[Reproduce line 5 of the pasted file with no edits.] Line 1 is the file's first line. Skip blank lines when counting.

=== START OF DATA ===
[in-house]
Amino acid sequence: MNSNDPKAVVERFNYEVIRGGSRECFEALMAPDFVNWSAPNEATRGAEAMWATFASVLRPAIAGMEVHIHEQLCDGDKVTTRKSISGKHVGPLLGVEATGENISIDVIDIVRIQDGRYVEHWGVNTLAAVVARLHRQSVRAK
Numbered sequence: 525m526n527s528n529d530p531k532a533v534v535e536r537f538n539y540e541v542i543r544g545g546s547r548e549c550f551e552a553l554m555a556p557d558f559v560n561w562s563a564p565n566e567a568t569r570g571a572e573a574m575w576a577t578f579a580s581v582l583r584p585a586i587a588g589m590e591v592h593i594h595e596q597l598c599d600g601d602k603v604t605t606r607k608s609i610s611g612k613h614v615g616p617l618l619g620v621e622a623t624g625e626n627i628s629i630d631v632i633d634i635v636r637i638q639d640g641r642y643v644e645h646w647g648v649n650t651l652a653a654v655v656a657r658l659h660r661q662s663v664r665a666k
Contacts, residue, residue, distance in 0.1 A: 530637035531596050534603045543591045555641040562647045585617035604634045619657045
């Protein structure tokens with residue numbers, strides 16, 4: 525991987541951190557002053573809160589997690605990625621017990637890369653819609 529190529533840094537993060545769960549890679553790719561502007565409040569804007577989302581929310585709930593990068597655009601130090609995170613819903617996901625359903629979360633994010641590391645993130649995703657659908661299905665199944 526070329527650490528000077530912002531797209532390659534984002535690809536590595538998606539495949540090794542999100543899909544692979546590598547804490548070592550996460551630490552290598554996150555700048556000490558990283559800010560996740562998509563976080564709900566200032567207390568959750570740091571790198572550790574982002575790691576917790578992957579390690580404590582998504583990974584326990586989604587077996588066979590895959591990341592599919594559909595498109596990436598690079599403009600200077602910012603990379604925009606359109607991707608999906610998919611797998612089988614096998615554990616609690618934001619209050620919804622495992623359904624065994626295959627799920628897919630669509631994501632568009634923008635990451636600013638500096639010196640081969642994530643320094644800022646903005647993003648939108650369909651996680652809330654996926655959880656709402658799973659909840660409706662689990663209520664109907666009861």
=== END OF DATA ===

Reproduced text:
């Protein structure tokens with residue numbers, strides 16, 4: 525991987541951190557002053573809160589997690605990625621017990637890369653819609 529190529533840094537993060545769960549890679553790719561502007565409040569804007577989302581929310585709930593990068597655009601130090609995170613819903617996901625359903629979360633994010641590391645993130649995703657659908661299905665199944 526070329527650490528000077530912002531797209532390659534984002535690809536590595538998606539495949540090794542999100543899909544692979546590598547804490548070592550996460551630490552290598554996150555700048556000490558990283559800010560996740562998509563976080564709900566200032567207390568959750570740091571790198572550790574982002575790691576917790578992957579390690580404590582998504583990974584326990586989604587077996588066979590895959591990341592599919594559909595498109596990436598690079599403009600200077602910012603990379604925009606359109607991707608999906610998919611797998612089988614096998615554990616609690618934001619209050620919804622495992623359904624065994626295959627799920628897919630669509631994501632568009634923008635990451636600013638500096639010196640081969642994530643320094644800022646903005647993003648939108650369909651996680652809330654996926655959880656709402658799973659909840660409706662689990663209520664109907666009861």